Dan Abrahams is a global sport psychologist helping people to high perform. Dan’s book "Soccer Tough 2: Advanced Psychology Techniques for Footballers" introduces soccer players to more cutting edge tools and techniques to help them develop the game of their dreams.
Champions in any sport never ease up. They are never satisfied. They are hungry for more, in fact they are ravenous. Their appetite isn’t just for success – that plays a part, that’s the end goal in mind. Actually, champions are fully focused on constantly improving their skills. They are always trying to learn and become better.
In the 1960s psychologists documented the three stages of the learning someone goes through when developing a new skill:
Stage 1 = the ‘cognitive’ phase (this is when you have to really think about what you’re doing while you do it)
Stage 2 = the ‘associative’ phase (this is when things become a little more natural, with fewer errors)
Stage 3 = the ‘autonomous’ phase (this is when things happen naturally without having to think about the move)
Now let me introduce you to the mindset that stops players’ developing, breaking down barriers and reaching the next level. This mentality is called the ‘good’ plateau. The ‘good’ plateau is when a player says “Hey I’m pretty good at this skill” and then withdraws her attention from that specific skill. She stops trying to improve it.
“I’m good at shooting; I don’t have to worry about it so much now.”
“I’m good at coming for the ball on crosses, I’ve got it mastered.”
Let me tell you a performance secret that the gold medal winners know – you’ve never got any skill mastered. You are never good enough. You can always get better. You can always improve.
Champions are champions because they never let good get in the way of great. I see this kind of attitude – the good getting in the way of great all the time as I work with soccer players at all age groups and at every level.
A goalkeeper who is a good shot stopper doesn’t work hard enough or effectively enough to become great! The defender who is a good header of the ball doesn’t practice her heading to become a great defensive header of the ball.
This mentality is all too common. Good players relax too much and don’t become great. Good players become too comfortable and too content and don’t strive for great.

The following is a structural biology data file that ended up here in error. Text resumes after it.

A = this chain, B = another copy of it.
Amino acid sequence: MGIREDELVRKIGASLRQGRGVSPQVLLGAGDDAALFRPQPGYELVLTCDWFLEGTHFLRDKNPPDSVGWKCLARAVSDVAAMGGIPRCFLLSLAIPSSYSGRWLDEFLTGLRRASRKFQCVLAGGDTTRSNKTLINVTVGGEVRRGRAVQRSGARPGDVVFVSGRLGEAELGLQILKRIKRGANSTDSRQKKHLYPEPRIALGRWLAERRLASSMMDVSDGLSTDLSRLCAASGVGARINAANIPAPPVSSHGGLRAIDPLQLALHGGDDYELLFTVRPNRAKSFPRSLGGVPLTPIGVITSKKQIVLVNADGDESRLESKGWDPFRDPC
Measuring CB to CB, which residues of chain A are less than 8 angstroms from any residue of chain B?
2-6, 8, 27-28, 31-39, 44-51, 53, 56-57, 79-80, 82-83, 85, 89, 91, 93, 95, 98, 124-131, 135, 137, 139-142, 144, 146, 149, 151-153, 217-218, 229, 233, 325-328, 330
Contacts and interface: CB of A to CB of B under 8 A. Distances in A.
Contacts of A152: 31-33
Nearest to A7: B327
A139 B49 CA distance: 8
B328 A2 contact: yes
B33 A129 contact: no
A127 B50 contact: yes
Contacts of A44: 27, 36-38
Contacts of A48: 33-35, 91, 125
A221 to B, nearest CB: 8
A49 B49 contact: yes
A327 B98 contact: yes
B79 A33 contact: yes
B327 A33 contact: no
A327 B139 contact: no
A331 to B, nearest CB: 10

Never ever let yourself settle in the autonomous phase. You can’t get better with no thought, you can’t get better on autopilot. Always stay in the learning zone as you train. Too do this, climb out of your comfort zone and try something new, something harder, something tougher to achieve. That’s what soccer psychology is all about. Stretch, stretch, stretch!
It might require you to practice taking shots under pressure. It might need one or two players closing you down quickly. In conjunction with this you may narrow your target by creating a smaller goal. You might also make it tougher for yourself by having balls pinged into your feet at pace. One touch then booooom…..
The amount of time I see shooting practice without any pressure infuriates me. That’s slipping into the ‘good’ plateau, and to my mind that actually isn’t good enough. Coaches and players need to create practice protocols and training drills that stretch players to the max – that take them out of their comfort zones.
There are things players in every position can do to get better.
A goalkeeper can ask a player to deliver whipped-in balls towards the danger area so he can practice taking tough-to-catch crosses. Asking a third player to act as a striker to add physical and mental pressure on the catch allows the goalkeeper to sharpen his skills. He can go beyond the ‘good’ plateau.
What do you need to do to stretch your game – to go out of your comfort zone? What extra training do you have to engage in to go beyond the ‘good’ zone and into the arena of ‘great’?
Get more from Dan at www.DanAbrahams.com.